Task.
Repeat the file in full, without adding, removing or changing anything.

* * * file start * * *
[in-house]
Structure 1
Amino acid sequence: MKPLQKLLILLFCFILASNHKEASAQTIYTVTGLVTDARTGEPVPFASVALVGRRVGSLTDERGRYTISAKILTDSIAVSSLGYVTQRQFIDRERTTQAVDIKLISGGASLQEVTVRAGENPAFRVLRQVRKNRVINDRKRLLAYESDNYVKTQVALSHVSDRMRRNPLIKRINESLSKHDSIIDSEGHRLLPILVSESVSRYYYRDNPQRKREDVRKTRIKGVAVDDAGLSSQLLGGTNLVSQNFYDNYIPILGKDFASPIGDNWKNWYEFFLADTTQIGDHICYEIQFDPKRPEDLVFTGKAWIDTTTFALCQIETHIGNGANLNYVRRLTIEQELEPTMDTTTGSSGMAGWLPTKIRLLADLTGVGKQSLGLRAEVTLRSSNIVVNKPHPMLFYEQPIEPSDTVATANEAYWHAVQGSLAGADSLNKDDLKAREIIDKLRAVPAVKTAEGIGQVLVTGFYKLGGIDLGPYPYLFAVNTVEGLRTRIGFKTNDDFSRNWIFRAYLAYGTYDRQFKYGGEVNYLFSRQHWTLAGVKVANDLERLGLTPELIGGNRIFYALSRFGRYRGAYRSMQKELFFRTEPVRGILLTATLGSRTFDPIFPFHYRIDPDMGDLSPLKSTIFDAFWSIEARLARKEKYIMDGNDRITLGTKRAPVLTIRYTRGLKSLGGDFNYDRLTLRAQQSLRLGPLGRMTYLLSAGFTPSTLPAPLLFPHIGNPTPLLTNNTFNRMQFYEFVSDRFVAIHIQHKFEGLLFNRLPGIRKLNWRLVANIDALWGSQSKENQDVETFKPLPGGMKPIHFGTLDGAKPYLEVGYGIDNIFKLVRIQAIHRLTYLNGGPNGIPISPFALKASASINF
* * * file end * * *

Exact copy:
[in-house]
Structure 1
Amino acid sequence: MKPLQKLLILLFCFILASNHKEASAQTIYTVTGLVTDARTGEPVPFASVALVGRRVGSLTDERGRYTISAKILTDSIAVSSLGYVTQRQFIDRERTTQAVDIKLISGGASLQEVTVRAGENPAFRVLRQVRKNRVINDRKRLLAYESDNYVKTQVALSHVSDRMRRNPLIKRINESLSKHDSIIDSEGHRLLPILVSESVSRYYYRDNPQRKREDVRKTRIKGVAVDDAGLSSQLLGGTNLVSQNFYDNYIPILGKDFASPIGDNWKNWYEFFLADTTQIGDHICYEIQFDPKRPEDLVFTGKAWIDTTTFALCQIETHIGNGANLNYVRRLTIEQELEPTMDTTTGSSGMAGWLPTKIRLLADLTGVGKQSLGLRAEVTLRSSNIVVNKPHPMLFYEQPIEPSDTVATANEAYWHAVQGSLAGADSLNKDDLKAREIIDKLRAVPAVKTAEGIGQVLVTGFYKLGGIDLGPYPYLFAVNTVEGLRTRIGFKTNDDFSRNWIFRAYLAYGTYDRQFKYGGEVNYLFSRQHWTLAGVKVANDLERLGLTPELIGGNRIFYALSRFGRYRGAYRSMQKELFFRTEPVRGILLTATLGSRTFDPIFPFHYRIDPDMGDLSPLKSTIFDAFWSIEARLARKEKYIMDGNDRITLGTKRAPVLTIRYTRGLKSLGGDFNYDRLTLRAQQSLRLGPLGRMTYLLSAGFTPSTLPAPLLFPHIGNPTPLLTNNTFNRMQFYEFVSDRFVAIHIQHKFEGLLFNRLPGIRKLNWRLVANIDALWGSQSKENQDVETFKPLPGGMKPIHFGTLDGAKPYLEVGYGIDNIFKLVRIQAIHRLTYLNGGPNGIPISPFALKASASINF